Tuesday, March 30, 2010

Tagana, Santa Marta & Tayrona National Park

Currency Peso - $1.00US = $1930.000 Pesos

Shuttle Bus Cartagena to Taganga $38 mil pick up at hostel, drop off at hostel ($28.000 for regular bus but 15000.000 for a cab or $1,500.00 for a city bus that takes 60 minutes to get to the bus depot) I should mention I bought a ticket to Santa Marta but the night before I left changed my mind and went to Taganga, the driver did not charge me the extra. Shuttle fair should be $40.000 - about 3 hours

Hostel in Taganga $20.000 for a dorm

Bus Taganga to Santa Marta $2,000.000 - 15 minutes
Hostel in Santa Marta $15,000.000 for a dorm $22.000 for a private room
Storage charge to leave big backpack @ hostel for 1 night to go to park $2,000.00

Bus Santa Marta to Tayrona Park $4,000.000 (same for bus back) - 1 hour
Park Entrance fee $38.000
Shuttle bus up to the trails $2,000.000
Hammock Rental (depends were you stay $12.000 (Arrecffes) to $20.000 (El Cabo)

Taganga Colombia
In Taganga I stayed at Hostel Divanga, the town is really small so there really is no bad location. They have dorm rooms and a block up the street they have a hotel with private rooms and a swimming pool. Hostel stayers can use the pool, restaurant and bar at the hotel. Not often a place will let the riffraff mix with the real people. The hostel has a full kitchen a couple of computers and free WIFI.

I still had my cold that I caught in Cartagena and was not feeling all that great. I also managed to get too much sun on the boat over from Panama, enough that my tan was peeling. Strangely only in the places that I lathered on the sunscreen, really weird as I was not burnt. So what am I doing n a beach town you may ask.. Well it was either skip the area all together knowing I would not be back this way or go take a look. Due to the free Internet I was able to catch up on my blogs of which I had written none at that point.

When I first got to Taganga I thought what a cute little town, lots of poor folks but happy. The town itself is nice, the ocean is nice, the folks at the hostel are nice. The town is big with divers and there are a ton of diving schools. By day 2 I did not like the place much. Can't really describe why, I think mostly because people on the street all want something from you. An example, I walking along and a kid came up to me and asked me for money so he could eat, he must have been 9 or 10, I said no. 5 minutes later I see him laughing and playing with his friends riding a bike. On another occasion I went to the store and another kid about the same age asks me to by him ice cream, I didn't. He too leaves the store gets on his bike and off he goes. I don't think it is the parents, the people who live there seem to be a proud kind of folk (other than the town druggies only 4 obvious ones) I think if they knew their kids were begging for money from the tourist they would kick their asses. Once again tourism screws up a culture, these kids are going to grow up thinking all tourists are marks and expecting them to give them stuff.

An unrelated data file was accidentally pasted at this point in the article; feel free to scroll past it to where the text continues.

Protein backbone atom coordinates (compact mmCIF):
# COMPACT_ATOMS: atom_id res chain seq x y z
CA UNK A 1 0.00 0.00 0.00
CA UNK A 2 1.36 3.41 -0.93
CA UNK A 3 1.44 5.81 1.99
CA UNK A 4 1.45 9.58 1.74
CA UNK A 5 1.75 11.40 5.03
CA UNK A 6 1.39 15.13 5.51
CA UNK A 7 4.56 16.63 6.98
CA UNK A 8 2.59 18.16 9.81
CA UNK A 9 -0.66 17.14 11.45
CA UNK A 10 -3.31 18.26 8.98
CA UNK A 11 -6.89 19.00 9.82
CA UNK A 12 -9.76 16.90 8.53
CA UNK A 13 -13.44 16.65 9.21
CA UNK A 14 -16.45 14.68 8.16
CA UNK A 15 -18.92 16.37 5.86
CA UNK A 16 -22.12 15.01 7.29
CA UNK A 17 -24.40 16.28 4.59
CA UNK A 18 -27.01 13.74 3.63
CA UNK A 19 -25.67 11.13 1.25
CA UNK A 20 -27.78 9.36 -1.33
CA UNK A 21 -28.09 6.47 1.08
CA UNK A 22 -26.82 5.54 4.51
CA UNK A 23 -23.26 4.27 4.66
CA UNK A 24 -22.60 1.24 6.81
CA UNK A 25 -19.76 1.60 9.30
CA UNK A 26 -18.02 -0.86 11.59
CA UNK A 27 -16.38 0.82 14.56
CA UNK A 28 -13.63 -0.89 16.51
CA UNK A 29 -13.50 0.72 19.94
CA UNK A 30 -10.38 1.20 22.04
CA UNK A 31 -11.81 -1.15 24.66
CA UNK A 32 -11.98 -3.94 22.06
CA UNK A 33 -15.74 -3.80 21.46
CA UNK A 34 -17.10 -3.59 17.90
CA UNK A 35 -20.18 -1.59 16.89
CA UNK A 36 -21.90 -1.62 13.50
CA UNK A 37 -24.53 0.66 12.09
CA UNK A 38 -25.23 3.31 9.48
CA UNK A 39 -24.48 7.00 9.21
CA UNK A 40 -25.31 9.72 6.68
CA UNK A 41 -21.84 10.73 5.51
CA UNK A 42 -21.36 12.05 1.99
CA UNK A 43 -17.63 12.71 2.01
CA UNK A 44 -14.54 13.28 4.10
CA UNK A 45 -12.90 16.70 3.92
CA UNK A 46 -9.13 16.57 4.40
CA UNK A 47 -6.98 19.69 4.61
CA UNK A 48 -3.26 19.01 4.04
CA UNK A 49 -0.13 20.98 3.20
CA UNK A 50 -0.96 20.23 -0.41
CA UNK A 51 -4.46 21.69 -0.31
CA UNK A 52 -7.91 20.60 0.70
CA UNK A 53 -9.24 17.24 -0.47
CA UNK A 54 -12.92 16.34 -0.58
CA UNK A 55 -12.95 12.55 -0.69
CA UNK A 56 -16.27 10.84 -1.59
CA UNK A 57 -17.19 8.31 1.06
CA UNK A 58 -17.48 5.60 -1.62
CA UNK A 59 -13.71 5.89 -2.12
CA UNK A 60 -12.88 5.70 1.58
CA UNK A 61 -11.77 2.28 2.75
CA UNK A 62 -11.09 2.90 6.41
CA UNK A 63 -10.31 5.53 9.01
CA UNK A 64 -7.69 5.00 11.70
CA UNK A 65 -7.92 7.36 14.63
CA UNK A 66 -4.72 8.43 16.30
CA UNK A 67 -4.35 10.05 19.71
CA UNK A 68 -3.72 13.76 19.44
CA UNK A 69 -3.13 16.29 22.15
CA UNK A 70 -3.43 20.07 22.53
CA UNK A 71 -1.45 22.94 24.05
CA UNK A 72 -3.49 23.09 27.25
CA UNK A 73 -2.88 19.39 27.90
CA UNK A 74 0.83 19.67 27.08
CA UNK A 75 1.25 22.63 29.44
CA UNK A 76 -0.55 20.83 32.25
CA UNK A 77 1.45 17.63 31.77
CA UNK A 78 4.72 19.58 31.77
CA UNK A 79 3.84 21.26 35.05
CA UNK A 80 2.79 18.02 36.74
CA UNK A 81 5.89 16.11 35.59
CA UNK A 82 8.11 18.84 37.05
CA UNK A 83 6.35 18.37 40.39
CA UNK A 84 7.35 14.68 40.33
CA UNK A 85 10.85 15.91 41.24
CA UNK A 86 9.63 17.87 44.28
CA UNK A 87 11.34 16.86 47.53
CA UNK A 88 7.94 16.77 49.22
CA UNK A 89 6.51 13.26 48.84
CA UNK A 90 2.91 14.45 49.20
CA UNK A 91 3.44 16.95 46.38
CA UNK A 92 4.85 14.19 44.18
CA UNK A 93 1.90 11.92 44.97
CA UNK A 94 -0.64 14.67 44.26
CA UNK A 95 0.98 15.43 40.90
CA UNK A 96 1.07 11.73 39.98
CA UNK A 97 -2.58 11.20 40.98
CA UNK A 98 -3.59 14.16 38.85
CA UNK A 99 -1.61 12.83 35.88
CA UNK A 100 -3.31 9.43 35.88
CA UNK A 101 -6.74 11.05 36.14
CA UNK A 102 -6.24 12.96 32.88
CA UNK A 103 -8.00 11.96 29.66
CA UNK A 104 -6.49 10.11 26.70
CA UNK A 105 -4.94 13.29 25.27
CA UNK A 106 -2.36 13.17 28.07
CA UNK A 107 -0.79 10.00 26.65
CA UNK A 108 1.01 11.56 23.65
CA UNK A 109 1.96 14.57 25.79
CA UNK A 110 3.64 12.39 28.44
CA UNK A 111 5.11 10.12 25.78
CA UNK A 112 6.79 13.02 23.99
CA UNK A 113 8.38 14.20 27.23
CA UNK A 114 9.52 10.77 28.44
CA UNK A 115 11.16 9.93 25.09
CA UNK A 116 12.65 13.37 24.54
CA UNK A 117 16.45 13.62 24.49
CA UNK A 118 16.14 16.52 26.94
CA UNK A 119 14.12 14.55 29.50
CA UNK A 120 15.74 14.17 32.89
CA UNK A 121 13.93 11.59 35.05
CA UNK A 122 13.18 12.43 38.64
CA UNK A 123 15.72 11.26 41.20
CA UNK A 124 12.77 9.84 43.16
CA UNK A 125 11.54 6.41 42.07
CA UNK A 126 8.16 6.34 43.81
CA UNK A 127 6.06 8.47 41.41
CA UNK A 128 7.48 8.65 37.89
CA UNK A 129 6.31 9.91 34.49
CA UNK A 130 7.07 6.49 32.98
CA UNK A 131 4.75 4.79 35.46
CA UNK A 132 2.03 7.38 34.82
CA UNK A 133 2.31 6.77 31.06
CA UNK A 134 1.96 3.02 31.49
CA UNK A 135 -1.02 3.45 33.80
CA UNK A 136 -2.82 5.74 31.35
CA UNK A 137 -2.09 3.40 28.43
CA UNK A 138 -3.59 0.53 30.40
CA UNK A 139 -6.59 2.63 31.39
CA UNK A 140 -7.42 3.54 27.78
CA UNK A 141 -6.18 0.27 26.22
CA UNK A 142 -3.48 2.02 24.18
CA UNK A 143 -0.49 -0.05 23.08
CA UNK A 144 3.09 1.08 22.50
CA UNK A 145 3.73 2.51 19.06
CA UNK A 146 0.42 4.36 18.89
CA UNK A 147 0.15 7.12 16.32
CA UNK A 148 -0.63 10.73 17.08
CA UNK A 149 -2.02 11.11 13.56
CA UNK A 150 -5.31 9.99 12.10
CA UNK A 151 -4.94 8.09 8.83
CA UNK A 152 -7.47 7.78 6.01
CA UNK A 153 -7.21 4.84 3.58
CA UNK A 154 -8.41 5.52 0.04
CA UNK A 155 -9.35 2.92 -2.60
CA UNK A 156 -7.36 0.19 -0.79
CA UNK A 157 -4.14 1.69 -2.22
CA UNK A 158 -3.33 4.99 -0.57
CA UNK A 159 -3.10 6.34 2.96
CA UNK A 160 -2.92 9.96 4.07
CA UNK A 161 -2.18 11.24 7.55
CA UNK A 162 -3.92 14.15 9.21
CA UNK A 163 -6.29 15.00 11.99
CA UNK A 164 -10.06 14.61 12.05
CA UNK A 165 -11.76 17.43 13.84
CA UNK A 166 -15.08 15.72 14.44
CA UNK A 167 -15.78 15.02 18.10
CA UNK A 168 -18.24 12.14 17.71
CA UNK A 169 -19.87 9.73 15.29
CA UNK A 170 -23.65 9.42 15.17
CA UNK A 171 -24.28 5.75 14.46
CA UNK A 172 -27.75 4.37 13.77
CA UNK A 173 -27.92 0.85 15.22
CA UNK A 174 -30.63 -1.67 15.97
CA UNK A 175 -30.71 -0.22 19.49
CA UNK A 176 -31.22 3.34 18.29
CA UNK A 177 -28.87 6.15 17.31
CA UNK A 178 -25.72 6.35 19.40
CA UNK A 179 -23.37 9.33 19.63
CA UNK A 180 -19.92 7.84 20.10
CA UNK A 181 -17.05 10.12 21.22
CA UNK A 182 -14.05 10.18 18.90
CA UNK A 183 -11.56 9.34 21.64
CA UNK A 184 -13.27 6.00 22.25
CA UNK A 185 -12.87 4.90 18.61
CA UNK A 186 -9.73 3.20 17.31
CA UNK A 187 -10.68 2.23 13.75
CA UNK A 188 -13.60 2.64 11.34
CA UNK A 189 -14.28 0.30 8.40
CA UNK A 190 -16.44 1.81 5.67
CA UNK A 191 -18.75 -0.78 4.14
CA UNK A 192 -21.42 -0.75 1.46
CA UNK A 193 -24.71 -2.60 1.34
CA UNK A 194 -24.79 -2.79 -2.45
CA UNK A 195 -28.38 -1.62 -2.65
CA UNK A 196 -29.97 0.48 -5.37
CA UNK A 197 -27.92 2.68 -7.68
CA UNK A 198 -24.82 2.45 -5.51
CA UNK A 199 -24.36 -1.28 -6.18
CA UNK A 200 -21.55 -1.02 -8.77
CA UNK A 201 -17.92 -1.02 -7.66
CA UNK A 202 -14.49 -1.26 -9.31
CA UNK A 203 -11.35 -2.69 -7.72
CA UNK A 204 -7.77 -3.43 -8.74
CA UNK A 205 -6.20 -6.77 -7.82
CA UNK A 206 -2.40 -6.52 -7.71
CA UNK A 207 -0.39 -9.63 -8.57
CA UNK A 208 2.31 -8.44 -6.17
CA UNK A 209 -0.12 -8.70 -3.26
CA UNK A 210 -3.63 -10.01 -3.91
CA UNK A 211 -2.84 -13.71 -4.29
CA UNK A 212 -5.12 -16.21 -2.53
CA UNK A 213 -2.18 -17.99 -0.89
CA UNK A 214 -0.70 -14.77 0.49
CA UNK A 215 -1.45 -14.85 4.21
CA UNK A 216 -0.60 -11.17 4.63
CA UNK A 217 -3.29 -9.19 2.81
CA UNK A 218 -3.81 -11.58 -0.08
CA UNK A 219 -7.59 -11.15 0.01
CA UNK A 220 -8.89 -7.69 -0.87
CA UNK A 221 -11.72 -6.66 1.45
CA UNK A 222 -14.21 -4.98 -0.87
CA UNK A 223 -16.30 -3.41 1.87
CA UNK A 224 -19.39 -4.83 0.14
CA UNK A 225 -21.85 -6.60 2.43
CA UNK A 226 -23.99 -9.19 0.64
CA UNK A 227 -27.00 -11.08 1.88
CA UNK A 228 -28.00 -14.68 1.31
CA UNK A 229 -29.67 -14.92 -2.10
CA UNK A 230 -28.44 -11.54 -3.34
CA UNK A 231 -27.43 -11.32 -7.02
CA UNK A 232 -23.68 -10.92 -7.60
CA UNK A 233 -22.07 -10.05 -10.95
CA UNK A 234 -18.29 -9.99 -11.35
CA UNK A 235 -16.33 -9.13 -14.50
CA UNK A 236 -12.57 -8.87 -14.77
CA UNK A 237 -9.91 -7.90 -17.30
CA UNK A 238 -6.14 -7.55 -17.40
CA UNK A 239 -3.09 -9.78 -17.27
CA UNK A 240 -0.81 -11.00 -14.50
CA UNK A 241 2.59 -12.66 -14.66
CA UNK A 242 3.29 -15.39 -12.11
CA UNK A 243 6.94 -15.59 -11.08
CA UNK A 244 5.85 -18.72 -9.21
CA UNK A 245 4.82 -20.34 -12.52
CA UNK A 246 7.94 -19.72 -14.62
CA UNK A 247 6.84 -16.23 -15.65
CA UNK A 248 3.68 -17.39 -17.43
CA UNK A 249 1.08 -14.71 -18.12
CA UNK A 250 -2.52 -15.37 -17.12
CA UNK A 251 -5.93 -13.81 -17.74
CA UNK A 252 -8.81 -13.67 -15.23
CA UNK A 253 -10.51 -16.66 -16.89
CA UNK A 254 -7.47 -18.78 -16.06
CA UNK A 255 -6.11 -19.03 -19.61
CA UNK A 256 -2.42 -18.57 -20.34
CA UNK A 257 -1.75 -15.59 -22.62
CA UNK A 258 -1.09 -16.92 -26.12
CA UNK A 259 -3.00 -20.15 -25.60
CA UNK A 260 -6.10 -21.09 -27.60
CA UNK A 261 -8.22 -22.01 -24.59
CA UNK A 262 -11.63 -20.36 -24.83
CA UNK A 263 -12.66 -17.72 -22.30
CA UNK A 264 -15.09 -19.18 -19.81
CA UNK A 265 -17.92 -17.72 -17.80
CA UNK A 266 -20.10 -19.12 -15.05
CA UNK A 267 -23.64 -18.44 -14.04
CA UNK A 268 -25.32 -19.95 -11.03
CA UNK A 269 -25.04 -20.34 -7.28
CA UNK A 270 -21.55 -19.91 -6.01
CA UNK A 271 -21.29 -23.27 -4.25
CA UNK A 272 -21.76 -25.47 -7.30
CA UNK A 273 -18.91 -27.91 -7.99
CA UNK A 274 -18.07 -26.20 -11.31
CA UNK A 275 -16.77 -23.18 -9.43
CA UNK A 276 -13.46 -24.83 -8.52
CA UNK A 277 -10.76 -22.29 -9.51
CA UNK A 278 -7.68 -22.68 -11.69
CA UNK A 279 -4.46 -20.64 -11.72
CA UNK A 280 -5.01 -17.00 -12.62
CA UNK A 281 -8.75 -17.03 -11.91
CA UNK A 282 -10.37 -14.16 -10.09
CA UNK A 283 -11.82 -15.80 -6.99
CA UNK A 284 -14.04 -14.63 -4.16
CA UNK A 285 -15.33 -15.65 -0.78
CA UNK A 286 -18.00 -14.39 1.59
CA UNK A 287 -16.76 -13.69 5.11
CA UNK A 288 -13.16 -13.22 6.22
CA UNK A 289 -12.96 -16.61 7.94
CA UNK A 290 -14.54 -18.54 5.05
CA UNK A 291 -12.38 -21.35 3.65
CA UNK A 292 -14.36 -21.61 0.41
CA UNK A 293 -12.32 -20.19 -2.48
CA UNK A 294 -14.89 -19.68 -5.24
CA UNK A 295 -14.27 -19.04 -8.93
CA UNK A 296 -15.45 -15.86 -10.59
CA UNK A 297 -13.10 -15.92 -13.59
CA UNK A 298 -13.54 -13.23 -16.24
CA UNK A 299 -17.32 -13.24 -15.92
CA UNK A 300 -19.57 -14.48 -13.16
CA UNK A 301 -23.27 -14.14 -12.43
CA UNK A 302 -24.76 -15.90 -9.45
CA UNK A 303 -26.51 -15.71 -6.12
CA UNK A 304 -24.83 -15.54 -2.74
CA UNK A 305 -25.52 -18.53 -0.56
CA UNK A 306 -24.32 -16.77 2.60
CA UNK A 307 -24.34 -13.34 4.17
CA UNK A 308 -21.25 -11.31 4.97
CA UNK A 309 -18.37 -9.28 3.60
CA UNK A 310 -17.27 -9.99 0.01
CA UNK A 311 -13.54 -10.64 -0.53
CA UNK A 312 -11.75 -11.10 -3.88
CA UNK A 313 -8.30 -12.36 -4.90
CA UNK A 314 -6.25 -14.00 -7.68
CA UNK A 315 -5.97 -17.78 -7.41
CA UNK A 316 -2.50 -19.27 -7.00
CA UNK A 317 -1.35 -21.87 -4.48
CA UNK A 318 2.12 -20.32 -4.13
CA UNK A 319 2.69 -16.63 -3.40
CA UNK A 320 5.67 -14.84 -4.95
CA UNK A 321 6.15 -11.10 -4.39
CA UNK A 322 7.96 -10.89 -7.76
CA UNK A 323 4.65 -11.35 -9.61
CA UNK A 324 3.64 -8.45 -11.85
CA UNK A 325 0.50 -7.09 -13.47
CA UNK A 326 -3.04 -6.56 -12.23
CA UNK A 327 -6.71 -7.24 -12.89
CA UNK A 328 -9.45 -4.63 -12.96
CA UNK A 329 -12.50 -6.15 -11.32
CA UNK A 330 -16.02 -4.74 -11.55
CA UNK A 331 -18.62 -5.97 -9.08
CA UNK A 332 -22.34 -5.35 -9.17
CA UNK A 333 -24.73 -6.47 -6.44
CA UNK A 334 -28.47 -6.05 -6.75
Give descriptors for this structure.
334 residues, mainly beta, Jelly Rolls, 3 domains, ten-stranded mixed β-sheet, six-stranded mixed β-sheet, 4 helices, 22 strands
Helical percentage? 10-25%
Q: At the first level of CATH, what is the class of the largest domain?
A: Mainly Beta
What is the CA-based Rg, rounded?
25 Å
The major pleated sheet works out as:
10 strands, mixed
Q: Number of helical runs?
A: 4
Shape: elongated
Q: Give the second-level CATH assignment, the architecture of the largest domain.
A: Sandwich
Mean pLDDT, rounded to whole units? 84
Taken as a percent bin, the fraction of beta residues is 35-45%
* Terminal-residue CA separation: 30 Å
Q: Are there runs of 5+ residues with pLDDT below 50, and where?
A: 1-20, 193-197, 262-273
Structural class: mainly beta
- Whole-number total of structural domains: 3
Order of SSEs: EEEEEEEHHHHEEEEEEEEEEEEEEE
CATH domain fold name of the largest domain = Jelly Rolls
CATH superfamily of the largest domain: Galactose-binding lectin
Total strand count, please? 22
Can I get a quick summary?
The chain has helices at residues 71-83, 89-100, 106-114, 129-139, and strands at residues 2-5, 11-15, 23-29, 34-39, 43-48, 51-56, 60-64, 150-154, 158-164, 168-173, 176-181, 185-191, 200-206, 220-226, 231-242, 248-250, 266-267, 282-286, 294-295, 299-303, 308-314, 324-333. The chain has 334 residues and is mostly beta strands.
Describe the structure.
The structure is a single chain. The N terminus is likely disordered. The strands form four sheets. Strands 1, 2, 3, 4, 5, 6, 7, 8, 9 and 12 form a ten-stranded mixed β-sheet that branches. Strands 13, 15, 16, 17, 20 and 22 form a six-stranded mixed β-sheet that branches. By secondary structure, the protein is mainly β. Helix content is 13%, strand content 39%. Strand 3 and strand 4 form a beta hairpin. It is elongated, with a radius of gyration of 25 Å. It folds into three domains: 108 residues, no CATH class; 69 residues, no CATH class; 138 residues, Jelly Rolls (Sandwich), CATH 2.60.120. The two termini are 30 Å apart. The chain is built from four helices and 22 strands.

I don't cook as my friends all know, I suck at it, everything I make gets burnt and it just does not taste good, so I eat at restaurants or street vendors. Things in Taganga are not cheap, a restaurant meal is $10.000 to $25.000, a juice is $2,500.000 (anywhere else it is $500.000-1,500.000). I over tip in restaurants, I used to be a server and I know it can be a shit job. I tried 3 different restaurants 3 times and got the same result. These are some of the laziest workers I have ever seen. I'm all for the laid back Caribbean vibe but these people are in a class of their own. Even if they have served you before and you left them a 30% tip they treat you like you are interrupting them and being an inconvenience by being there. If you want something else after you initial order (like another beer or a coffee) you can ask them for it but odds are not good that you will get it. At least they are equal opportunity bad servers, it doesn't matter if you are male or female still the same bad service. In other places I have had bad service where I have been with another woman or a few of us and they will serve tables with men at them first and ignore us so I guess at least it's not discrimination.

I was sitting at a restaurant on my 1st night there when who comes strolling down the street? People from the Panama/Columbia boat trip the American couple, weird had not seen them since leaving them at the docks in Cartagena.